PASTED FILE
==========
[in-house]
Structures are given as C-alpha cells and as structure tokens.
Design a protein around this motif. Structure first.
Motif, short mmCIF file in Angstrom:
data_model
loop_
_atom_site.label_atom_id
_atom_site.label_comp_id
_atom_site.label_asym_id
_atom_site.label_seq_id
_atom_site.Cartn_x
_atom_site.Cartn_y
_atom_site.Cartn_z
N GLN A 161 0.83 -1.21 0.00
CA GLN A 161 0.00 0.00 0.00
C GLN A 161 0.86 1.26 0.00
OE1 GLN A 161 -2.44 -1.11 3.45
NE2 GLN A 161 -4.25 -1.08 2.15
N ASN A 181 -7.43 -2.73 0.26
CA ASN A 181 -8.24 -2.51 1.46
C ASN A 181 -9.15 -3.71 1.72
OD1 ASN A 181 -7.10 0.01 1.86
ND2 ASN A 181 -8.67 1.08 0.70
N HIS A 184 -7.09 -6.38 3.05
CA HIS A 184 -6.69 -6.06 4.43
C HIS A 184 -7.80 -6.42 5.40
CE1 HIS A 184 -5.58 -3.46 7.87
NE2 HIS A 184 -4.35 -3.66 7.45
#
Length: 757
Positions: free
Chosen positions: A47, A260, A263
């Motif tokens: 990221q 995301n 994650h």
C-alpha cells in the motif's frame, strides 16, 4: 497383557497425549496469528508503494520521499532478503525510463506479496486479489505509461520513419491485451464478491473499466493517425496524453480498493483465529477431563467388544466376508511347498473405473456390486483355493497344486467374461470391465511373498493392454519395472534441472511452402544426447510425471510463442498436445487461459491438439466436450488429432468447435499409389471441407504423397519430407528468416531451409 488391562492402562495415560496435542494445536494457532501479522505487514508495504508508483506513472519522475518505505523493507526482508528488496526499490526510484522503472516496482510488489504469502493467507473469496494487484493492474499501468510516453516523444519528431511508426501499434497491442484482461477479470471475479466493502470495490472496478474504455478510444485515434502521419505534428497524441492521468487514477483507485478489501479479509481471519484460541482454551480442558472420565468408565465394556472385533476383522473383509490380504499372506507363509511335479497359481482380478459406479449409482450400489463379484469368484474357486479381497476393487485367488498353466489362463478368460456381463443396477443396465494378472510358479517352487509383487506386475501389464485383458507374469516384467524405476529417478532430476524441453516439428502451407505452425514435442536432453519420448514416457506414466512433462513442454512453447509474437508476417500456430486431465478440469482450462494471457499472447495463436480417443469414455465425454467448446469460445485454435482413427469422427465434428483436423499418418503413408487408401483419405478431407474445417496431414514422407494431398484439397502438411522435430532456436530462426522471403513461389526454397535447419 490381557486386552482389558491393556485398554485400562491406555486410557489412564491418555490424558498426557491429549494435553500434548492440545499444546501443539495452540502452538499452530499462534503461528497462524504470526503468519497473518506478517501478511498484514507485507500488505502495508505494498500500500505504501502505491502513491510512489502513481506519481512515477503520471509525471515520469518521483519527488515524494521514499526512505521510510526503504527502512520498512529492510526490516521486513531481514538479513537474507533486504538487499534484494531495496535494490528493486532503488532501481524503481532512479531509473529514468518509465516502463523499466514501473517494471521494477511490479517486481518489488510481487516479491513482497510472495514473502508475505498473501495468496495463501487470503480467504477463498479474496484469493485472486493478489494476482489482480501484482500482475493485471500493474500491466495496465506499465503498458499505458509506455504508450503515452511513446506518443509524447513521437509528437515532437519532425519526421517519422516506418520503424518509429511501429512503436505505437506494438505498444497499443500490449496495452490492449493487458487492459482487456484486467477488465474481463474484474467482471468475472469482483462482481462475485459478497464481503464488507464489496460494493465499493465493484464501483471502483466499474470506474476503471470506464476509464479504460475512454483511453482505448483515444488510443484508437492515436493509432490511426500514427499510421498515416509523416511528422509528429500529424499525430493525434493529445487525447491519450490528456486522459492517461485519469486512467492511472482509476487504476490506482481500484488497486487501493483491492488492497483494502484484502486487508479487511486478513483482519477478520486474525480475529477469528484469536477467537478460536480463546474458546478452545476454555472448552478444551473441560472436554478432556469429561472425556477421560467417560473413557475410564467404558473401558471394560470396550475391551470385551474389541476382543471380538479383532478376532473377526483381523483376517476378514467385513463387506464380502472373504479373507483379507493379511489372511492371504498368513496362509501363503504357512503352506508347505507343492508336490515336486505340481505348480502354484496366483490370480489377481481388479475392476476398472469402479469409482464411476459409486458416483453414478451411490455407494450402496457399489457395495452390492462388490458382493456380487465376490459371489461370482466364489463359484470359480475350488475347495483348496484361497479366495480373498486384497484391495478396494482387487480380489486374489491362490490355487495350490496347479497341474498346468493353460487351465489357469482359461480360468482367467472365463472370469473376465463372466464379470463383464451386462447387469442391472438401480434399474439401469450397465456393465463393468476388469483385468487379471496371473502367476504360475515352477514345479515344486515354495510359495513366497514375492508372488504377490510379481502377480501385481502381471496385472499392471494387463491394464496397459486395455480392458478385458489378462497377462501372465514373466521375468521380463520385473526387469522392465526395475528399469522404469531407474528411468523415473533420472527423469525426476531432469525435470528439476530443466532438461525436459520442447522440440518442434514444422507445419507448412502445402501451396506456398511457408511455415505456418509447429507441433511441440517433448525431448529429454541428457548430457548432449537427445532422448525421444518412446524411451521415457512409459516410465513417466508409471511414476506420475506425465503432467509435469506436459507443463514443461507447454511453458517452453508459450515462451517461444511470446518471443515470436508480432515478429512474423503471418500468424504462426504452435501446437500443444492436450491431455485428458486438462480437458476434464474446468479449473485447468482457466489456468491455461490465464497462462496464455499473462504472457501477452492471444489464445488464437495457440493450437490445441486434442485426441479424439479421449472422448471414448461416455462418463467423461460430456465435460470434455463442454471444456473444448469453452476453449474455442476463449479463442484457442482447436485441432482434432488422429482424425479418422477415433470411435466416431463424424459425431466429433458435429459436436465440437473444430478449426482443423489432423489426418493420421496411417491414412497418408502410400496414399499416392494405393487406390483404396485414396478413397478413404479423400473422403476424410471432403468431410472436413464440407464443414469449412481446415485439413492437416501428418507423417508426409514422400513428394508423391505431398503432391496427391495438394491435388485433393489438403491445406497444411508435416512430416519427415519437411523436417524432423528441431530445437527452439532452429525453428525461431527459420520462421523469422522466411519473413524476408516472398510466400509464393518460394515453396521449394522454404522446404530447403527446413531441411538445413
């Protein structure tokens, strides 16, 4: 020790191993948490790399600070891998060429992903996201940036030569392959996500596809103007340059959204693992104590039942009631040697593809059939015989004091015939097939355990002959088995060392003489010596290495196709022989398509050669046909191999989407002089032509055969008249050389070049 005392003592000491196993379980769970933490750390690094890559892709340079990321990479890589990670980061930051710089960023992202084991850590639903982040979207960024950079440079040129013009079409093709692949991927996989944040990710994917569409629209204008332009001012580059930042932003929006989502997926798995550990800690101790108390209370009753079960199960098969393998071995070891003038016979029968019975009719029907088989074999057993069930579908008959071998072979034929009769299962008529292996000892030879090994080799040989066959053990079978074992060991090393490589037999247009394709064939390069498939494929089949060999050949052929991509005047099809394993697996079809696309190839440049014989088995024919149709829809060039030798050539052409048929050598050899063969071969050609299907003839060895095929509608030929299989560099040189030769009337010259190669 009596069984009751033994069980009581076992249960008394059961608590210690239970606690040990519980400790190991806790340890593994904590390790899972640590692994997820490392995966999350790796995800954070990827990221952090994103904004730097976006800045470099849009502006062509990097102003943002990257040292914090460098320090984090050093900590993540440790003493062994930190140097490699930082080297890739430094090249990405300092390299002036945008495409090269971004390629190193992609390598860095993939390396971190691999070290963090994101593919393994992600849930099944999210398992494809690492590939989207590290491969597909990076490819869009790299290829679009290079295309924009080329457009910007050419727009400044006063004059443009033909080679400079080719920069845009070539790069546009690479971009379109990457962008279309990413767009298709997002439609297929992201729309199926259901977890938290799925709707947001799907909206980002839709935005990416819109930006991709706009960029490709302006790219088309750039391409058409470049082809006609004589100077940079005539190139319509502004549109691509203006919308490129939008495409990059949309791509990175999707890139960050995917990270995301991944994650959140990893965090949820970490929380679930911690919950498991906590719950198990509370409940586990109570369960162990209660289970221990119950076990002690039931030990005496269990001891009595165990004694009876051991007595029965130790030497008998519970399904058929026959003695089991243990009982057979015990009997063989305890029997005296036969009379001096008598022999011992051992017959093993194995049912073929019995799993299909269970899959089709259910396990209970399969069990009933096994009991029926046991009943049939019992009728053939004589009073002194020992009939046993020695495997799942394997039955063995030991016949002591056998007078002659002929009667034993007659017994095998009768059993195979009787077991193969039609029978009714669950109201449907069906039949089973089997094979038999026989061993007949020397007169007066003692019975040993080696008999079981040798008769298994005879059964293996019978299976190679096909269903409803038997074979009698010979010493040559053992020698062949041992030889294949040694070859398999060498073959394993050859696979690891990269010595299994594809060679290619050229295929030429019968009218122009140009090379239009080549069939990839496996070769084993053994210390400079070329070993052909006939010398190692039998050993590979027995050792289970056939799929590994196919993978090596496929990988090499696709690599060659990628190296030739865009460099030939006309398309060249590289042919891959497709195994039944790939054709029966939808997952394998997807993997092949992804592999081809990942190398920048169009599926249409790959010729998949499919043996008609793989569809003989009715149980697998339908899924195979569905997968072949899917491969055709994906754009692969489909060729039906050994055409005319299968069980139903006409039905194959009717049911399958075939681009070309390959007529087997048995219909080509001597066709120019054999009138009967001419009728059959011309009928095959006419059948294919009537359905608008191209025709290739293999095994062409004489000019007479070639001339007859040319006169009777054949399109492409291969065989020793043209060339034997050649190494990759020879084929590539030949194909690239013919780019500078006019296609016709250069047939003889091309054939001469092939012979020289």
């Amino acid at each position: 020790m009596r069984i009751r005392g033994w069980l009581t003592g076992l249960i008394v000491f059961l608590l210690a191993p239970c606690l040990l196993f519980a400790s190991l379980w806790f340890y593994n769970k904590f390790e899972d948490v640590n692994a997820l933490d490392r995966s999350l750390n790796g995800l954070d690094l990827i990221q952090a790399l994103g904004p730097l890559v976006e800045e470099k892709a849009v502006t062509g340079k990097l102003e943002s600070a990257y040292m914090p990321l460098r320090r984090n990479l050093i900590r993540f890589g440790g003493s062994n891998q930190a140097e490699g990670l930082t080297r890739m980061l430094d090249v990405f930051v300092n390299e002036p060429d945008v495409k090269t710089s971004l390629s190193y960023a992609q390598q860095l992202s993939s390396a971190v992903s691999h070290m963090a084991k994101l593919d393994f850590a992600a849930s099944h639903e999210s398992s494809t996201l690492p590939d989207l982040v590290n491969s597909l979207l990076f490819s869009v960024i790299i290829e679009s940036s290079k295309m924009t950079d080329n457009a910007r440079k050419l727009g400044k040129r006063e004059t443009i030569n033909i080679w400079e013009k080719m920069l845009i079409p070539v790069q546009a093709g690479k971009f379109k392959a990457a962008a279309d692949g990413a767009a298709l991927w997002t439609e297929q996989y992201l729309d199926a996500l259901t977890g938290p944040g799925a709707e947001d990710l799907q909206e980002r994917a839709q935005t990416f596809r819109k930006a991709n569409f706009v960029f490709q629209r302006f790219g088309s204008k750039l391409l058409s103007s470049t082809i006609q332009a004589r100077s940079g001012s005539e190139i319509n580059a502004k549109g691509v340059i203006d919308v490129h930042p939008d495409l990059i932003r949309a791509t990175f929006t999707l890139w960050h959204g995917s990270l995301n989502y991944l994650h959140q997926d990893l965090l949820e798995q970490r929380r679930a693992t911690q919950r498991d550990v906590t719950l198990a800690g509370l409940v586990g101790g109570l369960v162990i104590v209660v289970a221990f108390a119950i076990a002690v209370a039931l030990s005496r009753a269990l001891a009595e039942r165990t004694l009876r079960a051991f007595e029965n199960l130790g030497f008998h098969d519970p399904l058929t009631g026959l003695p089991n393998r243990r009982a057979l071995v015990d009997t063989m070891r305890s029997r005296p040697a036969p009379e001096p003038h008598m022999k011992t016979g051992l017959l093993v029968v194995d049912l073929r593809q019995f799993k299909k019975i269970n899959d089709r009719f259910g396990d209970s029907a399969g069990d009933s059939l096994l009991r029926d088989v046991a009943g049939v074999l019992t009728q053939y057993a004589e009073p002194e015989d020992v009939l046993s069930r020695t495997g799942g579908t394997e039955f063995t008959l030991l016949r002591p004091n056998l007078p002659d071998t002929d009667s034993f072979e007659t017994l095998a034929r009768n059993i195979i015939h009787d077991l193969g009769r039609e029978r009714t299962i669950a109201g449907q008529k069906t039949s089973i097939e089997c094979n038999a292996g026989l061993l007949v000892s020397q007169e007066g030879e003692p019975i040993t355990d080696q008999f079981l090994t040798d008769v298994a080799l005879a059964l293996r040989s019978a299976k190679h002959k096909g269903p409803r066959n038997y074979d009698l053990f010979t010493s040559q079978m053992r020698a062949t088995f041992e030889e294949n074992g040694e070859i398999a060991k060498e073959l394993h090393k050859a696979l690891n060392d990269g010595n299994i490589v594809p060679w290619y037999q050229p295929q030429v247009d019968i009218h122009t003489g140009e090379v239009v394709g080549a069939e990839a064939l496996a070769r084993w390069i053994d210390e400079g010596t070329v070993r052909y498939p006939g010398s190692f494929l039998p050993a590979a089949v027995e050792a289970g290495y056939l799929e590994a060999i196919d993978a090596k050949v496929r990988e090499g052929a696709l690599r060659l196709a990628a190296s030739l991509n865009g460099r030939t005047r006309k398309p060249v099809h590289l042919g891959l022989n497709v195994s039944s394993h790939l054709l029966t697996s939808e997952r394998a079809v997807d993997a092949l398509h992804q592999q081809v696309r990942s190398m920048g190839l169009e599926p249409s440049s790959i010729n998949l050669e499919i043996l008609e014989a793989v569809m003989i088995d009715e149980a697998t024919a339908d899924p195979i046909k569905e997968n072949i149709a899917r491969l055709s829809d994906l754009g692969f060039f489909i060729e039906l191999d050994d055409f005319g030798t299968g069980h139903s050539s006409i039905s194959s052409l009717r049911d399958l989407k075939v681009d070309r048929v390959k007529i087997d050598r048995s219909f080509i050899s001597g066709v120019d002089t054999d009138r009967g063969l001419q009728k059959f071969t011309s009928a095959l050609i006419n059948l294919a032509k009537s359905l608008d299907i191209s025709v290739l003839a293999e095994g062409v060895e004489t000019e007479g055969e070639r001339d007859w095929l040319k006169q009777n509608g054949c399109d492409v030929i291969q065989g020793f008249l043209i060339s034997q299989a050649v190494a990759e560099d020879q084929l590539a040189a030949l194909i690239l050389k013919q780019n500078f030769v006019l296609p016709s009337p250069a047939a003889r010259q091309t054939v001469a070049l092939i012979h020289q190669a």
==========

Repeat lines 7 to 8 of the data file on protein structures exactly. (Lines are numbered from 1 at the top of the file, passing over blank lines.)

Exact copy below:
_atom_site.label_atom_id
_atom_site.label_comp_id